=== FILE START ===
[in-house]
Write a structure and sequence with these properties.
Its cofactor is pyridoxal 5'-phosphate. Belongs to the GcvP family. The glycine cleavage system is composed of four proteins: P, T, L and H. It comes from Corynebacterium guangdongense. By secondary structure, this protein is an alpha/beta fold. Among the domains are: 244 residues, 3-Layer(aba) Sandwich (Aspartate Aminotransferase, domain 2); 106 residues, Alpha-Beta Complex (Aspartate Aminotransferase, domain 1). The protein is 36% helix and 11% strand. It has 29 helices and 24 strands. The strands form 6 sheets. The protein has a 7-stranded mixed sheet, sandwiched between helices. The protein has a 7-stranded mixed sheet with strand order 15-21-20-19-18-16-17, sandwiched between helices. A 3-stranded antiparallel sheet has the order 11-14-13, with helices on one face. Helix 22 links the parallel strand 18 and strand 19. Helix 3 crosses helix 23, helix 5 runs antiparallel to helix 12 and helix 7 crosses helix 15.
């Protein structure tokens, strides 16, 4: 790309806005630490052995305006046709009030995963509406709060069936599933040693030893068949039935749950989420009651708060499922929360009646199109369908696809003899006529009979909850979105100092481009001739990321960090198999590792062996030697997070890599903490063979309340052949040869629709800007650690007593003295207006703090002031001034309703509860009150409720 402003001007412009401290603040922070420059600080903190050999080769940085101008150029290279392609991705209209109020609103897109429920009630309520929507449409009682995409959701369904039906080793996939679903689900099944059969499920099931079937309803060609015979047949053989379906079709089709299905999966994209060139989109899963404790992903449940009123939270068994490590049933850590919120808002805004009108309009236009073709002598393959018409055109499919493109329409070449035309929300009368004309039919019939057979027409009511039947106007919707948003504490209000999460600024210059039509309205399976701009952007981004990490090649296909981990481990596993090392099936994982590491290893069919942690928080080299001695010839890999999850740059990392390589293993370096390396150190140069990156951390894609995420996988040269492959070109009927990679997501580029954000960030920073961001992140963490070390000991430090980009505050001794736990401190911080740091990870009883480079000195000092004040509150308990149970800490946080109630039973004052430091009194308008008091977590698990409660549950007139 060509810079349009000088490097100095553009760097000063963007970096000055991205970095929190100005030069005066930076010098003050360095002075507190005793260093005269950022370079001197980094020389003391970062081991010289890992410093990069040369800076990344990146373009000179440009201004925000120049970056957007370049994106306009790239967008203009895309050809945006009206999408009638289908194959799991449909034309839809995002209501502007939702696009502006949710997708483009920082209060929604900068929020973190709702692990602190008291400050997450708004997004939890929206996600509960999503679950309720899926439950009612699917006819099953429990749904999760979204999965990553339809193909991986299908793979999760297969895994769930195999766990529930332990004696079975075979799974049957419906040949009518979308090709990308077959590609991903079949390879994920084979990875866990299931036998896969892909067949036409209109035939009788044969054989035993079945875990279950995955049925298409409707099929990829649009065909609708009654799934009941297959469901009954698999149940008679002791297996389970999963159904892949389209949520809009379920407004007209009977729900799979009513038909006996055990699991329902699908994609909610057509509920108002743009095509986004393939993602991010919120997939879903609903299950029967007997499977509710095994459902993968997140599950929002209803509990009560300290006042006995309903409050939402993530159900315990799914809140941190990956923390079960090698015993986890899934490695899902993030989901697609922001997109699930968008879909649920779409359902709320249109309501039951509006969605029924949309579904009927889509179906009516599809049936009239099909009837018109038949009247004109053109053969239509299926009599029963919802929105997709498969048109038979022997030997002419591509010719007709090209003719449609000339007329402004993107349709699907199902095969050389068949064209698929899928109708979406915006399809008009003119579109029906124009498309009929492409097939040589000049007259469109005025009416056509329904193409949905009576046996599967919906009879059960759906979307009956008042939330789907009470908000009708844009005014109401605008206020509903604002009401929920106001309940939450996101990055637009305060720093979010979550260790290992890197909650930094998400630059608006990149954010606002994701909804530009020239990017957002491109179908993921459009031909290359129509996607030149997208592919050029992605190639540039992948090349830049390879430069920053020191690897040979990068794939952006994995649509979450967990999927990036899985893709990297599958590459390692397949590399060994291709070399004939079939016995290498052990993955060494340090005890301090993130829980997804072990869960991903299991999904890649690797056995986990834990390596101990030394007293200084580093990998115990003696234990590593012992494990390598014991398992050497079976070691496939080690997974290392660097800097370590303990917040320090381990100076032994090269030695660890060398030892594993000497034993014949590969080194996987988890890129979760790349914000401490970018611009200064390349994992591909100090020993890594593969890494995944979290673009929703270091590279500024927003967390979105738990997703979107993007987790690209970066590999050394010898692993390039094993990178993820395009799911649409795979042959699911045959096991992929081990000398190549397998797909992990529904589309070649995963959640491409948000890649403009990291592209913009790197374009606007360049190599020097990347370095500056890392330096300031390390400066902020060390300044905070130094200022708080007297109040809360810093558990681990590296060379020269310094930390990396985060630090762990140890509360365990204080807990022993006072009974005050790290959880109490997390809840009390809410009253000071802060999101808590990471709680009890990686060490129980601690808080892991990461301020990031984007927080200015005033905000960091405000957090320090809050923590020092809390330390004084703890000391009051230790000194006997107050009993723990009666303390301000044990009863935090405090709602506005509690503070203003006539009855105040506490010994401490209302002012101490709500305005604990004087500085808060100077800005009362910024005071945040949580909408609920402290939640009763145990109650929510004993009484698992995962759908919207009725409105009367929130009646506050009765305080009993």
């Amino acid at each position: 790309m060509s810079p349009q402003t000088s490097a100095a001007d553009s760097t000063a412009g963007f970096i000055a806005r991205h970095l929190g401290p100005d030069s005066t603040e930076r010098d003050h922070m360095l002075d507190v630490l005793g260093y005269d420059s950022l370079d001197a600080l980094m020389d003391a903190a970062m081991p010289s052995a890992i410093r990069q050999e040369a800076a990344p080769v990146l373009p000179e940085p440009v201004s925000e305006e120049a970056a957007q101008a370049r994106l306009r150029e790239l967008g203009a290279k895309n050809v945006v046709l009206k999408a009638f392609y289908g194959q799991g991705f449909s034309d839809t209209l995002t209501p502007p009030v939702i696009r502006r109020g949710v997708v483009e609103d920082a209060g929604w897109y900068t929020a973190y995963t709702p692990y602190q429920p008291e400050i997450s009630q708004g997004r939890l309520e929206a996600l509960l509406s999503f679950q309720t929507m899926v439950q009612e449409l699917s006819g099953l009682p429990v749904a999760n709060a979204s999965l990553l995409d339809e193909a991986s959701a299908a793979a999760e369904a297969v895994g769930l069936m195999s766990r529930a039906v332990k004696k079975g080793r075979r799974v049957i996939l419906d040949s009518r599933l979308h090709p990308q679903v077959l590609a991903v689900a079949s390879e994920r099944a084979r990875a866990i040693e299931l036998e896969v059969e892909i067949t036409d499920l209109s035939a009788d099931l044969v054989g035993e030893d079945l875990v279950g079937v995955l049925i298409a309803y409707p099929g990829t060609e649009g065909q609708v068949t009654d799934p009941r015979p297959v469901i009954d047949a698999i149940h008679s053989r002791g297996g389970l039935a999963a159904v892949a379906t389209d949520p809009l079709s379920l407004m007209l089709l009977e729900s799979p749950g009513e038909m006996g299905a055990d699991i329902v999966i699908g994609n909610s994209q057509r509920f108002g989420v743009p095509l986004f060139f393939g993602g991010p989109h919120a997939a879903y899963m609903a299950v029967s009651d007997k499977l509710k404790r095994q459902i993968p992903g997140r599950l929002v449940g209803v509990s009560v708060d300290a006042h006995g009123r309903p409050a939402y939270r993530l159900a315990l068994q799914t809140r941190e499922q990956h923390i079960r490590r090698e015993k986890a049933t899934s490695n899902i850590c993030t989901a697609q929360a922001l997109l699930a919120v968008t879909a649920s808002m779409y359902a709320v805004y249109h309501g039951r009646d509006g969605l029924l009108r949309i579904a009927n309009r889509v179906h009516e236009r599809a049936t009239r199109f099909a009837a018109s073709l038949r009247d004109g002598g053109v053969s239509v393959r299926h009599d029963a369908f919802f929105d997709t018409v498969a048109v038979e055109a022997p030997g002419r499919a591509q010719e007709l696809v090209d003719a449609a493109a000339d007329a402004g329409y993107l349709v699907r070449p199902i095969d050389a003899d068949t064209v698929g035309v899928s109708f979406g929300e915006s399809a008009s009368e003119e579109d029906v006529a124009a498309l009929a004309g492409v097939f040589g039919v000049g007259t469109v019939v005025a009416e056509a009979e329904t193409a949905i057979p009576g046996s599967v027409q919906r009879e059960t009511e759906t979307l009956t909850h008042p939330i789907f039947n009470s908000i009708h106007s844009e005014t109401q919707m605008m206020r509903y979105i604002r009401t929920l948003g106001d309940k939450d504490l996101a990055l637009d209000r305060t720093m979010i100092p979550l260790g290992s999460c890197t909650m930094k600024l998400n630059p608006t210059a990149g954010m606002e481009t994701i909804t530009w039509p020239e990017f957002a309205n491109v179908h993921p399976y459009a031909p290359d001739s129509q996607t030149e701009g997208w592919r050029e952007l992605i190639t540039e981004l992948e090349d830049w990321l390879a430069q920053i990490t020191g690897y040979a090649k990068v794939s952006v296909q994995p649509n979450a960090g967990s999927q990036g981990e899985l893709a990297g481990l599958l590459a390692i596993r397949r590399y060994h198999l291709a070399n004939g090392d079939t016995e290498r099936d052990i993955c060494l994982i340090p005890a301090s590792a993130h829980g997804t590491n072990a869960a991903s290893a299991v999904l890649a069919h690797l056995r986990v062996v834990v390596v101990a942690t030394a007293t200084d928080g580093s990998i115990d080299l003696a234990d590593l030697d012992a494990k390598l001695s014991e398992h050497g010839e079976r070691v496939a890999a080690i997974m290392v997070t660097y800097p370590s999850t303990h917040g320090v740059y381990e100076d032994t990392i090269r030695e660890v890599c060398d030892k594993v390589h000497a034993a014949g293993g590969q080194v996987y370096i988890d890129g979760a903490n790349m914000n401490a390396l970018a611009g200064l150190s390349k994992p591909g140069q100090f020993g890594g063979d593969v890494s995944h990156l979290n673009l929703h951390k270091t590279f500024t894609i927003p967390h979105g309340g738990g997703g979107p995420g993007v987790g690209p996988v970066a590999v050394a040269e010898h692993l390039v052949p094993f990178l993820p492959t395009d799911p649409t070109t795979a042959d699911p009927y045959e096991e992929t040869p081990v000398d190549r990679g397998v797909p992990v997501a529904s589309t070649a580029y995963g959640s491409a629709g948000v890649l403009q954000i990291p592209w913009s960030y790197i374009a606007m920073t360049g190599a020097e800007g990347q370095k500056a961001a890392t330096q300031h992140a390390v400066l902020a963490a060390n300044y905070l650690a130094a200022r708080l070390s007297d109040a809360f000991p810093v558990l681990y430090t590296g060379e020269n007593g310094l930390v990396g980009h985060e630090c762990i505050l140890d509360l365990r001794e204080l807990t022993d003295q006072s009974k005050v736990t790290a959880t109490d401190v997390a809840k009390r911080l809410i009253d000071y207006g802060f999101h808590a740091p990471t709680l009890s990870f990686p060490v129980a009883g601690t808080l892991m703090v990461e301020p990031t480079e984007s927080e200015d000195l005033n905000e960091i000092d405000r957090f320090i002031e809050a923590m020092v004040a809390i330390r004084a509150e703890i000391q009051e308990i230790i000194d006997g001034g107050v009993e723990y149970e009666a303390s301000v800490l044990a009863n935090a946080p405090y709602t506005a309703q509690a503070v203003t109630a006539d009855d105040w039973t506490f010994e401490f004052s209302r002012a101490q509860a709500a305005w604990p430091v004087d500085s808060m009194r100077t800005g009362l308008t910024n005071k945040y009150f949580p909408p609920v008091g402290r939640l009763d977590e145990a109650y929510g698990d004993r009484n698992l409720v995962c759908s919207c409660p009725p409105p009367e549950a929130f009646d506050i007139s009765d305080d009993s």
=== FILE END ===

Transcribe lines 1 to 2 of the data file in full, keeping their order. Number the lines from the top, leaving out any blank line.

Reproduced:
[in-house]
Write a structure and sequence with these properties.